Solution to last week’s Riddler Classic

Congratulations to 👏 Lucas Robinson 👏 of Oakwood, Ohio, winner of last week’s Riddler Classic.

Last week, four-time NBA champion LeBron James was playing a game of sudden-death, one-on-one basketball with Los Angeles Lakers teammate Anthony Davis. They flipped a coin to see which of them had first possession, and whoever made the first basket won the game.

Both players had a 50 percent chance of making any shot they took. However, Davis was the superior rebounder and would always rebound any shot that either of them missed. Every time Davis rebounded the ball, he dribbled back to the three-point line before attempting another shot.

Before each of Davis’s shot attempts, James had a probability p of stealing the ball and regaining possession before Davis could get the shot off. What value of p made this an evenly matched game of one-on-one, in which both players had an equal chance of winning before the coin was flipped?

Suppose James’s probability of winning when he had possession was J, while James’s probability of winning when Davis had possession was D. We can write an equation for J: For James to win when he had possession, he either had to score (with probability 1/2) or, upon missing (also with probability 1/2), he’d have to somehow win after Davis got the rebound and gained possession. In other words, J = 1/2 + 1/2·D. We can similarly write an equation for D: For James to win when Davis had possession, he either had to steal the ball (with probability p) and regain possession, or, upon not getting the steal (with probability 1−p), he needed Davis to miss (with probability 1/2) so James could have another chance at victory. In other words, D = pJ + (1−p)D/2.

That gave you two equations with three unknowns. What was missing? Based on the coin flip, James started with possession half the time, and Davis started with possession the other half the time. James’s probability of winning was therefore J/2 + D/2, which the problem stated was to equal 1/2, so the third equation was J/2 + D/2 = 1/2, or J + D = 1.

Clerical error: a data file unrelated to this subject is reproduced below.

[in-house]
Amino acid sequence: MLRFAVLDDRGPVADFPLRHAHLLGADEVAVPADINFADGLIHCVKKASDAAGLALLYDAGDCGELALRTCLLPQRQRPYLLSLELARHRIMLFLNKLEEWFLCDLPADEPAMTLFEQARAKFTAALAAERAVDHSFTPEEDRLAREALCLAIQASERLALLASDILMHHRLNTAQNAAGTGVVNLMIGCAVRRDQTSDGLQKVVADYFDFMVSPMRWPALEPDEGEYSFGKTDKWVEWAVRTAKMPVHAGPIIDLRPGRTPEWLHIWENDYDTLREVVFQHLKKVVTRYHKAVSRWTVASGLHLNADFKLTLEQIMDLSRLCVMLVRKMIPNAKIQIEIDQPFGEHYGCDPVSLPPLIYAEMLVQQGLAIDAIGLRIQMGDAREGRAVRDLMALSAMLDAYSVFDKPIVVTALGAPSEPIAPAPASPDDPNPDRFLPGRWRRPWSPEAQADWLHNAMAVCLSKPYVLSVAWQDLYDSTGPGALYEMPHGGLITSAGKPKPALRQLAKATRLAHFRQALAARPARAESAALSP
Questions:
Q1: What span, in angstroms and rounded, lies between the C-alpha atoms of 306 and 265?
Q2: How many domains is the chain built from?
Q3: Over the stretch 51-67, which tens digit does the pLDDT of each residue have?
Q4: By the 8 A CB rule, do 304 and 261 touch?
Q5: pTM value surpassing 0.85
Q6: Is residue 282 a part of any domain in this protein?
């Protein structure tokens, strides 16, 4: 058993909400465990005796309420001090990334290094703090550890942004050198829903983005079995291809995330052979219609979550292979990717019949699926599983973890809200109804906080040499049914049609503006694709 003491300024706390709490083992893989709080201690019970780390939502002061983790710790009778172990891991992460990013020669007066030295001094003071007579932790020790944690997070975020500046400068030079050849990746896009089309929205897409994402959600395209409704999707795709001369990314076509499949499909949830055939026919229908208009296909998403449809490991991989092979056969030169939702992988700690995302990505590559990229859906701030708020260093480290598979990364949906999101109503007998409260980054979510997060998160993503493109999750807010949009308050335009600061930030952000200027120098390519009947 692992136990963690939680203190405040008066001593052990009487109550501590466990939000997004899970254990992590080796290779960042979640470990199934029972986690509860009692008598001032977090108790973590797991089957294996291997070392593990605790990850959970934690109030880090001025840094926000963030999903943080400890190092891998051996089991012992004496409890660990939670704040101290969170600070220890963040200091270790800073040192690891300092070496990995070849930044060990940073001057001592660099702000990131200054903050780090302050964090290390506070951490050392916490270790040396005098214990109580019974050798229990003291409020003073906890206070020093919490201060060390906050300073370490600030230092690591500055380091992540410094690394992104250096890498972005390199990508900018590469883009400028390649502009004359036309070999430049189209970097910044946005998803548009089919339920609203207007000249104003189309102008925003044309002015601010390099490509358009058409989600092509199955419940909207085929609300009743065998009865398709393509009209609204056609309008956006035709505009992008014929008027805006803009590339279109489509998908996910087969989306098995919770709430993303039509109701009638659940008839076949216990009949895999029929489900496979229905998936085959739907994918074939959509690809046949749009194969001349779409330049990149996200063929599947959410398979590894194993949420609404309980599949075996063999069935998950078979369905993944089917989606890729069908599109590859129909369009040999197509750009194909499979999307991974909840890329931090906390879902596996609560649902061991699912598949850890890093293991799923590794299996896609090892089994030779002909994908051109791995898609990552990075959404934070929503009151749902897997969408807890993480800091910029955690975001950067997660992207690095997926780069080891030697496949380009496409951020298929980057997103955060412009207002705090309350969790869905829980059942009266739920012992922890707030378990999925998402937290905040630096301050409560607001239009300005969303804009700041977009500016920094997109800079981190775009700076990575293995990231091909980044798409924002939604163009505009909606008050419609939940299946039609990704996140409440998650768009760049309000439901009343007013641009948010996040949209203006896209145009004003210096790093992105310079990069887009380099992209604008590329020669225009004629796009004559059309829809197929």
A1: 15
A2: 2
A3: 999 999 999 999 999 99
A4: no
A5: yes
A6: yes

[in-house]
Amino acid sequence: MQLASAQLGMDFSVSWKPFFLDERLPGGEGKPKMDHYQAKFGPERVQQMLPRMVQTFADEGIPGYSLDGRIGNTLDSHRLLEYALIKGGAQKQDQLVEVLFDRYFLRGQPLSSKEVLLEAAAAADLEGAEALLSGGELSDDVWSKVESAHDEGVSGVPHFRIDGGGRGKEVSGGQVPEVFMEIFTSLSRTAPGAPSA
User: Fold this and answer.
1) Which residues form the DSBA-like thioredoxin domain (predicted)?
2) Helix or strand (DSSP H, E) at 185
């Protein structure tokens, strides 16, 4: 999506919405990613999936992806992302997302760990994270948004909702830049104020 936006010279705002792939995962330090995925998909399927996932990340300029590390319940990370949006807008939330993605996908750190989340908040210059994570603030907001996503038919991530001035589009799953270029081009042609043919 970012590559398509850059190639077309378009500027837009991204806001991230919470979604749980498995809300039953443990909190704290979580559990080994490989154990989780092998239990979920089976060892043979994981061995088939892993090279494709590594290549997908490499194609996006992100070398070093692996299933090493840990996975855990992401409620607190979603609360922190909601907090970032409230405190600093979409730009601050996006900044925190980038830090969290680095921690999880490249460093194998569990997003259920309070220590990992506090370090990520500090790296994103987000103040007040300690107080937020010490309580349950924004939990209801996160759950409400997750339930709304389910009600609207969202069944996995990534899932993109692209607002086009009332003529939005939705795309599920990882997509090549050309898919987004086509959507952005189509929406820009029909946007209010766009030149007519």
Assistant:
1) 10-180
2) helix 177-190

Solving this system of three equations gave you the result that J = 2/3 (James had a two-thirds chance of winning when he had possession), D = 1/3 (James had a one-third chance of winning when Davis had possession) and p = 1/3. In other words, for the game to be fair, James had to have a one-third chance of stealing the ball.

Solver Quoc Tran extended the puzzle, simulating how James’s fortunes changed in the more realistic scenario where Davis didn’t nab every rebound. For the game to be fair, we already saw that James needed to steal one-third of the time when Davis rebounded every shot. Meanwhile, if James and Davis had had equal chances of getting a rebound, then to maintain parity, James couldn’t steal at all. But when Davis had a rebounding edge, interesting mathematics was happening, as shown below:

Probability of a James victory as a function of James's steal probability and Davis's rebound probability. The black curve shows where James and Davis have equal chances of winning the game.

How fitting that this game was fair where purple met gold.

Want more riddles?

Well, aren’t you lucky? There’s a whole book full of the best puzzles from this column and some never-before-seen head-scratchers. It’s called “The Riddler,” and it’s in stores now!

Want to submit a riddle?

Email Zach Wissner-Gross at riddlercolumn@gmail.com

Footnotes

  1. Important small print: In order to 👏 win 👏, I need to receive your correct answer before 11:59 p.m. Eastern time on Monday. Have a great weekend!

Zach Wissner-Gross leads development of math curriculum at Amplify Education and is FiveThirtyEight’s Riddler editor.